Crime, like death, has always been with us, yet it was only in the nineteenth century that de Quincey proposed considering murder as one of the fine arts and Poe established many of the central tenets of crime fiction with his 'tales of ratiocination'. Currently, crime fiction is the most bought, and read, literary genre and one diverse enough to include 'whodunits'; Baker Street's most notable resident; the genteel amateur detectives of the 'Golden Age'; hard-boiled thrillers; noir; psychological fiction and even the post-modern iterations of anti-detective fiction. Narratives about crime and criminals, detection and sleuths (not forgetting the violence and victims) can be both conservatively formulaic and radically diverse. It can articulate dangerous and disturbing transgressions against society (the crime) while also revealing the ideological forces of law (what constitutes a crime) order (the various detective figures) and the systems of justice and ill-justice (courts and punishment, state and government) with which a society protects and proscribes itself. Crime fiction is also concerned with interpreting clues, discovering secrets and solving enigmas, much in the way that critical theory investigates and analyses literary texts. This module aims to explore key texts and writers in the development of crime fiction as well as examining critical and theoretical responses to such texts. It will allow students to respond both creatively and critically to the concerns of, and thinking about, this diverse genre.

LDCL6130A

30

THROUGH THE LOOKING-GLASS: NONSENSE AND MODERN WRITING

It's widely recognised that modernist literature is characterised by a revolution of the word. Less widely recognised, and little explored, is the relationship between modernist linguistic experimentalism and literary nonsense, as practised by Lewis Carroll, Edward Lear, and others. This course will begin with these well-known nonsense writers and explore their roots in seventeenth and eighteenth-century nonsense, and parallels to Emily Dickinson, before going on to examine some of the adventures in language of major modernist and postmodernist writers. Modernist and postmodernist authors studied are likely to include the Joyce of Finnegans Wake, early Auden, Virginia Woolf, Sylvia Plath, John Ashbery and some surrealist writers. We will also conduct our own games with the dictionary and with contemporary discourse. This is not a course on children's literature, but on some very challenging modern literature, mostly poetry. It should appeal to those who take a childish pleasure in wordplay and fantasy. You will need to enjoy uncertainty and have good close-reading skills. There will be opportunities for creative writing of nonsense and creative writers are encouraged to take the module. To do this module you must have studied Modernism, Critical Theory, or one of the 2nd year Creative Writing modules, unless you obtain a waiver from the lecturer.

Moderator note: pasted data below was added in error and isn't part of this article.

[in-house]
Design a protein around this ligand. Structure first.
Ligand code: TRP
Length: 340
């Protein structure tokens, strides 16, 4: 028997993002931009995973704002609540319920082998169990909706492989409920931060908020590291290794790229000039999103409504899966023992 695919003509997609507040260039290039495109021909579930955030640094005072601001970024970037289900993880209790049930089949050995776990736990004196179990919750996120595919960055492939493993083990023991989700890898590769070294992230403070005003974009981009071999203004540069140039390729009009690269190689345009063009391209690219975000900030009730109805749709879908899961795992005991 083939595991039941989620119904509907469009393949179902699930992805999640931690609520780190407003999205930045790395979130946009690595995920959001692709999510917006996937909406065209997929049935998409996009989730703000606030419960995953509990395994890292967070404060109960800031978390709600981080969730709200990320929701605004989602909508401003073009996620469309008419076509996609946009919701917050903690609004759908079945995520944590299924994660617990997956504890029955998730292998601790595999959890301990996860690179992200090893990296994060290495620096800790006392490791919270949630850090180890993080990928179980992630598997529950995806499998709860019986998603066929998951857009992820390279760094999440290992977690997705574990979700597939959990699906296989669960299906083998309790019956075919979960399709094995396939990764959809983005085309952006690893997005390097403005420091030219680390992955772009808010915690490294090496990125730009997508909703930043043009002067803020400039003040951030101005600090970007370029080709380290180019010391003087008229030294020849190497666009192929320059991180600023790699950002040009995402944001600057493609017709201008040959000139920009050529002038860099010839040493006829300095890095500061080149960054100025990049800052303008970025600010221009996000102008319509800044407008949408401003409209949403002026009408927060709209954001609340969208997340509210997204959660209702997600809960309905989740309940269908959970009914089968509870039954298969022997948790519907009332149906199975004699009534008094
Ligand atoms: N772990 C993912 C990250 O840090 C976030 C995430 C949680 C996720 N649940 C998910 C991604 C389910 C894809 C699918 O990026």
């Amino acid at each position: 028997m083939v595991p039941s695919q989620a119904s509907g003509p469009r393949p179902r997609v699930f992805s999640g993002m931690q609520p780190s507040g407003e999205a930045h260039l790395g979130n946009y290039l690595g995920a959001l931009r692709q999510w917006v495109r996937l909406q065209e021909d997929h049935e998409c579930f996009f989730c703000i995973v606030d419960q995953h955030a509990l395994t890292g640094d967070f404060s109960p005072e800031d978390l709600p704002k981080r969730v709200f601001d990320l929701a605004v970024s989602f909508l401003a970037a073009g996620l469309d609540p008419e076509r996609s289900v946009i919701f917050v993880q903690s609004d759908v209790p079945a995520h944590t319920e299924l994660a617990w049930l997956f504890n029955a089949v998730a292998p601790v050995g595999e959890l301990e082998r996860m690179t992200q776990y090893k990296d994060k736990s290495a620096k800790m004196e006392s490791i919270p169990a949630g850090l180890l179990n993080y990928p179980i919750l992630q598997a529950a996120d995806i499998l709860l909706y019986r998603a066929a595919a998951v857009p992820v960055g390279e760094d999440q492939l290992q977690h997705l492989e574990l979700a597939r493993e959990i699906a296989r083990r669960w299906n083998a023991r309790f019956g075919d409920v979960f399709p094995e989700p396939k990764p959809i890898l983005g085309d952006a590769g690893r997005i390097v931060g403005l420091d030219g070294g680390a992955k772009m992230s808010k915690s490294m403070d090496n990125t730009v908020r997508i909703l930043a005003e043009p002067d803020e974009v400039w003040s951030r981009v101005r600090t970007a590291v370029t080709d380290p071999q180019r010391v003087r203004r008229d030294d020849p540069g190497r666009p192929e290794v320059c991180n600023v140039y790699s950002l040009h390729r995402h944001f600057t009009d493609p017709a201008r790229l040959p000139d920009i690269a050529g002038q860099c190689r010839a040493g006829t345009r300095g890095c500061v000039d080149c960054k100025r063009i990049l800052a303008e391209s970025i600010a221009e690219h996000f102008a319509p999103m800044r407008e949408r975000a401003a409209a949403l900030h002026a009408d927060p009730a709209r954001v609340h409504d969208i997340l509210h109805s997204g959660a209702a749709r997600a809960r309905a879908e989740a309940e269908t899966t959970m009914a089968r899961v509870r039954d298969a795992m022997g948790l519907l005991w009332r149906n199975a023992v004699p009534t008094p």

LDCL6015A

30

URBAN VISIONS: THE CITY IN LITERATURE AND VISUAL CULTURE

This interdisciplinary module explores the idea and representation of 'the city' through a range of writings (fiction, poetry, essays, theory), visual (painting, photography, film) and occasionally other sensory material (sound, smell), spanning from the mid-19th to the 21st century and focused on two great capitals of modernity, Paris and London. In this period, the growth of the great European cities created a new and diverse set of environments and possibilities. Utopias, dystopias, sites of ruin and construction of all kinds; what different, contradictory or coherent versions of urban experience do these texts and images offer? What kinds of writing, art, discourses and attitudes do cities seem to generate? Was modernism 'an art of cities'? How do textual and pictorial techniques intersect, for example, in the case of Impressionist art and writing, Surrealism and Situationist provocations, or street art and photography? In the company of the flaneur (or flaneuse?), the detective and other urban wanderers, we'll explore aspects such as space, place, urban being and time, love and eroticism, hauntings, memory and the presence of the past, the individual and the crowd, the role of consumer capitalism, nature and the natural, psychogeography, and the pressures, preoccupations and thrills peculiar to urban living. Writers to be studied vary and may include Balzac, Dickens, Edgar Allan Poe, Baudelaire, Zola, Gissing, Conan Doyle, Andre Breton, Virginia Woolf, Maureen Duffy, Iain Sinclair, Peter Ackroyd, Zadie Smith and China Mieville alongside a selection of theorists, poets, artists and photographers and a selection of city films. Assessment is individually designed and there is scope to work in both critical and creative-critical modes, and to incorporate visual material.

LDCL6138A

30

Students will select 30 credits from the following modules:

Name Code Credits

ALIENS, OUTSIDERS, AND EXPATS:WRITING AMERICA OUTSIDE IN

The Module engages contemporary writing by expatriates and outsiders in the United States. Considering novels by expatriate writers from Australia, Britain, India, and Nigeria alongside writing by authors from states and protectorates beyond the bounds of the continental United States (Guam, Hawaii, Samoa), this module considers how such writing has imagined key American events, eras, and cultural practices from "the outside in." Authors may include Chimamanda Ngozi Adichie, Peter Carey, Sia Figiel, Brandy Nalani McDougal, Craig Santos Perez, Salman Rushdie, Zadie Smith, and Kirsten Tranter among others.

AMAL6049A

30

AMERICAN AUTOBIOGRAPHY